South Korea pardons a former president imprisoned on corruption charges
SEOUL, South Korea — The South Korean government said Friday it will grant a special pardon to former President Park Geun-hye, who is serving a lengthy prison term for bribery and other crimes.
The Justice Ministry said in a statement that Park's pardon is aimed at overcoming past divisions and promoting national unity in the face of difficulties caused by the coronavirus pandemic.
The ministry said the 69-year-old Park was among 3,094 people who are to be pardoned on Dec. 31.
"We should move into a new era by getting over the pains of the past. It's time to boldly pull together all our strengths for the future rather than fighting against each other while being preoccupied with the past," President Moon Jae-in said in a statement.
"In the case of former President Park, we considered the fact that her health condition has deteriorated a lot after serving nearly five years in prison," he said.
Park's ouster marked a stunning political fall
Park was arrested and sent to prison in 2017, after being removed from office following a corruption scandal that prompted months of massive street protests. Her ouster marked a stunning fall from grace for the country's first female president and conservative icon.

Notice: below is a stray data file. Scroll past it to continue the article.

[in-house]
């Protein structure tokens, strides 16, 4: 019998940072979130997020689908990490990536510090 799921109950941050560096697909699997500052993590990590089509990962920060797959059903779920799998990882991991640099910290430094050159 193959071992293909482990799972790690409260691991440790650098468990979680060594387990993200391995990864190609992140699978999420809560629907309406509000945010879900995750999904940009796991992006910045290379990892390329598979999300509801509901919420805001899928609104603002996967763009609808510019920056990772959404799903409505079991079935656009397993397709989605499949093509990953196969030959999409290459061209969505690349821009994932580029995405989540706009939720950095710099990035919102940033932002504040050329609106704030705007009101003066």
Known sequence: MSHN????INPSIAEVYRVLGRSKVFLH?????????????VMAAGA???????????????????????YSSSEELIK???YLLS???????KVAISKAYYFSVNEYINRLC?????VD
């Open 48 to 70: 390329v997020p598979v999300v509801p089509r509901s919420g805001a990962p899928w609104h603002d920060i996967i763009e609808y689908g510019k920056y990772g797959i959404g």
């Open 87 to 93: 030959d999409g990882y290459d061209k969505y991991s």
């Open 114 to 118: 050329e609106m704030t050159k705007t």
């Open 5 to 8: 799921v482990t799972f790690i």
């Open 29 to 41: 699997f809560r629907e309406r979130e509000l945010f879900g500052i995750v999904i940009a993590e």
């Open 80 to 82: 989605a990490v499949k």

In January, South Korea's Supreme Court upheld her 20-year prison term. She could have served a combined 22 years behind bars because she was separately convicted of meddling in her party's nominations ahead of parliamentary elections in 2016.
Park has described herself as a victim of political revenge. She has refused to attend her trials since October 2017.
Park is a daughter of late authoritarian President Park Chung-hee. She was elected in late 2012 on a wave of support from conservatives who celebrate her father as a hero who pulled the country up from poverty despite his suppression of civil rights.
She was impeached by lawmakers in December 2016, and formally removed in March 2017, after the the Constitutional Court upheld the impeachment.
Among the main charges she faced was collusion with her longtime confidante, Choi Soon-sil, to take millions of dollars in bribes and extortion money from some of the country's largest business groups, including Samsung, while she was in office.
She was succeeded by Moon Jae-in, a liberal who won a special by-election following her ouster.
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